Supreme Court rul­ing came just in time for an­nual pride pa­rade

Los Angeles Times - - FRONT PAGE - Rick Loomis

SAN FRAN­CISCO — Mem­bers of the gay- straight al­liance at Napa High School, Car­ley Sol­berg and her friends long dreamed of this mo­ment, when ac­cep­tance would feel a lit­tle more real.

When they could hope to marry just like their straight friends, with full ben­e­fits.

And on Sun­day, the re­cent grad­u­ates cel­e­brated with a throng of tens of thou­sands of oth­ers at San Fran­cisco’s 45th an­nual Pride Pa­rade.

Gay and straight, tourists and beam­ing Bay Area na­tives, fes­tooned in f lags, a hand­ful of them nude ( but not many), joined for the an­nual cel­e­bra­tion made all the more spe­cial by Fri­day’s his­toric U. S. Supreme Court rul­ing on same- sex mar­riage.

Two of Sol­berg’s friends, in rain­bow at­tire, shim­mied up a sign post for a bet­ter view of the Mar­ket Street pro­ces­sion. Sol­berg, 17, mean­while, re­called her amaze­ment Fri­day morn­ing when dozens

of texts f lowed in from friends and fam­ily say­ing “con­grats.”

“They told me they were happy for me, and I told them I was happy for them — be­cause ev­ery­one is con­nected to this po­lit­i­cal change,” she said.

That sense of in­clu­sive­ness per­me­ated the mood Sun­day.

“Straight but not Nar­row,” one man had inked on his bare back. Lila Harper, 3, of Lafayette clutched a rain­bow f lag, a doll and a stuffed an­i­mal. Pinned to her striped sweater was a but­ton: “I [ heart] my les­bian AUNT.”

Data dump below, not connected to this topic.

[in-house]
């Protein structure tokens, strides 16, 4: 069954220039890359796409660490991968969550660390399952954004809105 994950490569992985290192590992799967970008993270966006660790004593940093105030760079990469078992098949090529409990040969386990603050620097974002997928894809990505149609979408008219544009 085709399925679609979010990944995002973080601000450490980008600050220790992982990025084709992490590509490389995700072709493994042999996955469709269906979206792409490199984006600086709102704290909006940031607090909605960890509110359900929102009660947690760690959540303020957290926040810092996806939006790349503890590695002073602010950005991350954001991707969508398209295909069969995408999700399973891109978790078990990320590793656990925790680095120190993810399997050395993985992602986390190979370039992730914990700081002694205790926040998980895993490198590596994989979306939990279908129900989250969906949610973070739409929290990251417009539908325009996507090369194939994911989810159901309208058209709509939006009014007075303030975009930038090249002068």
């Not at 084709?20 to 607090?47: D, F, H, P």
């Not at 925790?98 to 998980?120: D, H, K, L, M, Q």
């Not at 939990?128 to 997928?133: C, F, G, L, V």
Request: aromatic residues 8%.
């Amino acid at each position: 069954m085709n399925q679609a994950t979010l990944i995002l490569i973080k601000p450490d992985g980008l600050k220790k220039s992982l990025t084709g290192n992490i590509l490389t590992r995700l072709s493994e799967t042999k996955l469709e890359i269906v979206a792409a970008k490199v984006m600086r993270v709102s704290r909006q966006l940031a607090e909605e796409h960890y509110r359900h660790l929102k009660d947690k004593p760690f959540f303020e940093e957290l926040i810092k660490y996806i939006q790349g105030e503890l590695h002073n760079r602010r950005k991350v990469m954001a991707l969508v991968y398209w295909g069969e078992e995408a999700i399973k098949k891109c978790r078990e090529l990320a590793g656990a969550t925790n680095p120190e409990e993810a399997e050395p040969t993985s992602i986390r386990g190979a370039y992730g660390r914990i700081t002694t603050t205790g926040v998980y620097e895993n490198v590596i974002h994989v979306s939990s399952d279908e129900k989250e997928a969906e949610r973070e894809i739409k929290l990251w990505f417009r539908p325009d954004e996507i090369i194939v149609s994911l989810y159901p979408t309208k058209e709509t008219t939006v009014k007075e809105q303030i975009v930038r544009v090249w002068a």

That would be her greataunt on her dad’s side, who lives in Washington. Lila’s mother and aunt — Erin Harper, 36, and Alexan­dra Harper, 28 — are mar­ried to twins whose aunt is the woman re­ferred to.

It was Fri­day’s rul­ing that prompted them to gather up Lila, 16- month- old Cade and 10- month- old Annabel and head to San Fran­cisco.

“This is a piece of history, a mo­ment in time,” said Erin Harper, who works as a county child ad­vo­cate in­ves­ti­gat­ing abuse. “We wanted our kids to know they were part of it.”

“To be in the place that started it all,” she added, re­fer­ring to the city’s sta­tus as a pi­o­neer in gay rights, “it gives me pride.”

“I’m not gay, but my dog is,” joked 37- year- old Emily McCullough of San Fran­cisco, as Delilah Dan­ger, don­ning red sun­glasses and a rain­bow feather boa, posed for photos in a crate on the back of her com­pact Honda 250 mo­tor­bike.

“I cried when I saw the White House” lighted up in rain­bow col­ors, she said. “I can’t be­lieve that our gov­ern­ment did some­thing so rad­i­cally right.”

In­ter­na­tional trav­el­ers also got in on the ac­tion. Martin Egset- Lin­neke, 41, from Nor­way, guided his son and daugh­ter, ages 11 and 8, through the crowd in their rain­bow capes.

The fam­ily was plan­ning on head­ing to Muir Woods on Sun­day, but 11- year- old To­bias wanted to stay. When asked why, he pon­dered for a mo­ment, then said in a high, clear voice: “For free­dom. Plus, I think it was fun.”

The Pride Cel­e­bra­tion & Pa­rade was long ago planned for this week­end, and although same- sex mar­riage was al­ready le­gal in Cal­i­for­nia, Fri­day’s court rul­ing declar­ing that gays and les­bians have a con­sti­tu­tional right to marry brought added ju­bi­la­tion and grat­i­tude.

Marchers in state Sen. Mark Leno’s pa­rade con­tin­gent drew howls of ap­proval with red signs declar­ing, “I Do.” And some mem­bers of PFLAG — for­merly known as Par­ents, Fam­i­lies and Friends of Les­bians and Gays — car­ried signs that said sim­ply, “We won.”

Melissa and Rachel Stiner, 44 and 45 re­spec­tively, proudly dis­played their li­cense plate, MRSNMRS, be­fore revving their mo­tor­cy­cle to join the Dykes on Bikes con­tin­gent, which tra­di­tion­ally leads the pa­rade down Mar­ket Street.

“We didn’t re­al­ize it was go­ing to come this soon,” said Melissa Stiner, say­ing her re­sponse has been “hap­pi­ness, com­plete and ut­ter awe.”